miércoles, junio 03, 2009

Money Sent Home by Mexican Workers in U.S. Falls Sharply

The New York Times

By ELISABETH MALKIN Published: June 1, 2009

MEXICO CITY — The amount of money sent home in April by Mexicans working in the United States fell by almost one-fifth compared with a year earlier, the central bank said Monday, marking the largest decline since the authorities began keeping track of such transfers.
Remittances, as the transfers are known, have been sliding since the end of 2007, when the construction industry in the United States began its sharp decline. Many Mexicans who had found work in building and landscaping during the boom years quickly lost their jobs. Then, as the overall United States economy fell into a recession, Mexicans in other industries, including restaurants and manufacturing, also lost their jobs.
But the pace of decline in the money transfers gathered speed this year, falling 8.7 percent over the first four months compared with the same period last year, the central bank, the Bank of Mexico, reported. Migrants sent $1.8 billion in April, 18.7 percent less than in April 2008. There is no single explanation for the sharper drop in April, said Eliseo Díaz González, an economist who studies remittances at the College of the Northern Border outside Tijuana.
Migrants have either lost their jobs or taken jobs with lower pay. At the same time, without good prospects of finding work in the United States, many Mexicans have decided not to risk crossing the border illegally. “We are seeing the aggravation of all these trends,” Mr. Díaz said. “With opportunities for employment in the United States shutting off, we cannot continue to export labor to the United States anymore. The prize for migrating no longer exists.”
Philip Martin, an expert on migration at the University of California, Davis, said it was too early to say if the sharp drop would be repeated in the statistics for May. “It’s going to be down in 2009,” he said, “but the question is how much.”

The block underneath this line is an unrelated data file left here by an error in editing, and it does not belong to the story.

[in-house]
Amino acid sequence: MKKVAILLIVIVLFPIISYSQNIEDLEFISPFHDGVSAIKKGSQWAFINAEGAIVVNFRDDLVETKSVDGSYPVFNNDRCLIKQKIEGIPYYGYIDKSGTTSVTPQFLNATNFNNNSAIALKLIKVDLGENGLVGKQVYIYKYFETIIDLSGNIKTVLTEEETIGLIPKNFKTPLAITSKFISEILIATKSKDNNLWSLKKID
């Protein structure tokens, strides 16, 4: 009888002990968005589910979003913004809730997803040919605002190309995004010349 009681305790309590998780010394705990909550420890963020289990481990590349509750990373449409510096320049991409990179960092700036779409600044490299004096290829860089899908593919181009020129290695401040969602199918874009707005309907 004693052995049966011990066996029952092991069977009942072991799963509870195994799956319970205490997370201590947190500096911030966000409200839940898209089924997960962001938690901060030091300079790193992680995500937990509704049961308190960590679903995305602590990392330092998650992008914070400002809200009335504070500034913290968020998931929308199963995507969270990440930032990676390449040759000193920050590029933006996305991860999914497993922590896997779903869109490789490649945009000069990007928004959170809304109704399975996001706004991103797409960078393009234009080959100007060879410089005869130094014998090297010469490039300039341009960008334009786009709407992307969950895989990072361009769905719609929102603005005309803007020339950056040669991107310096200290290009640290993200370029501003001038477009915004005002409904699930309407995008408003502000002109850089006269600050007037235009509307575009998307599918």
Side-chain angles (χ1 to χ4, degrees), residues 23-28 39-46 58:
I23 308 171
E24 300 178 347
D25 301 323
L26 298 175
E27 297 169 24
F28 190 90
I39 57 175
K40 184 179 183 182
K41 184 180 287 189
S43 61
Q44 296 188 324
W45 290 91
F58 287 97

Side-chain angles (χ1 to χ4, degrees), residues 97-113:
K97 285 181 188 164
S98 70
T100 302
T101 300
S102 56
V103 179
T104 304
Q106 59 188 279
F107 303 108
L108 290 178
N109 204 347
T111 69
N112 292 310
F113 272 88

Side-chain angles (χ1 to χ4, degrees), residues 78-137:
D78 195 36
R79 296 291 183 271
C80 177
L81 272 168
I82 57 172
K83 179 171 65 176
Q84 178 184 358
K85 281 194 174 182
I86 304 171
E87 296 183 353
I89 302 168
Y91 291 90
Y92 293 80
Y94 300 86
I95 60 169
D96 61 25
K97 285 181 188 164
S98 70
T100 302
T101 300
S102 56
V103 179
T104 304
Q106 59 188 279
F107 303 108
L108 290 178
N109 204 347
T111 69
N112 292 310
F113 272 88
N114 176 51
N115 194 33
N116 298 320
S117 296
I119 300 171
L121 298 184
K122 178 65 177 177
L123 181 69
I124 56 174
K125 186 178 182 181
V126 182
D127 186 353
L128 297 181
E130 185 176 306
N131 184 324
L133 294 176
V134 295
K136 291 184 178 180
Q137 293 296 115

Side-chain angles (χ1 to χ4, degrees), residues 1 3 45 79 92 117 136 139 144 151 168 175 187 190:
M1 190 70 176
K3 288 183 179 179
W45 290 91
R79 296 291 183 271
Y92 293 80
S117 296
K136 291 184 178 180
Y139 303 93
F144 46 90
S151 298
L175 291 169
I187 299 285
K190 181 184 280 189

Along with the big jump in unemployment in construction and the decline in new arrivals — who tend to send more money — Mr. Martin said a possible factor in the newly released figures was that some illegal immigrants might have paid taxes in April in the hope of an eventual amnesty.
Last year, remittances fell 3.6 percent compared with the previous year, to $25 billion. In a recent report, the Bank of Mexico said Mexicans in the United States were disproportionately employed in sectors of the economy, like construction, that had declined the fastest. In addition, a crackdown on illegal immigration, both along the border and in the workplace, has made it harder for Mexicans to find jobs.
Although remittances are one of Mexico’s largest single sources of foreign exchange, their effect is concentrated in particular states and regions. Remittances have helped to reduce poverty in those areas, but that could be reversed if the steep decline continues, Mr. Díaz said. April was a particularly difficult month for the Mexican economy. Another source of foreign exchange, the tourism industry, was devastated in April by the outbreak of swine flu.

A version of this article appeared in print on June 2, 2009, on page A5 of the New York edition.

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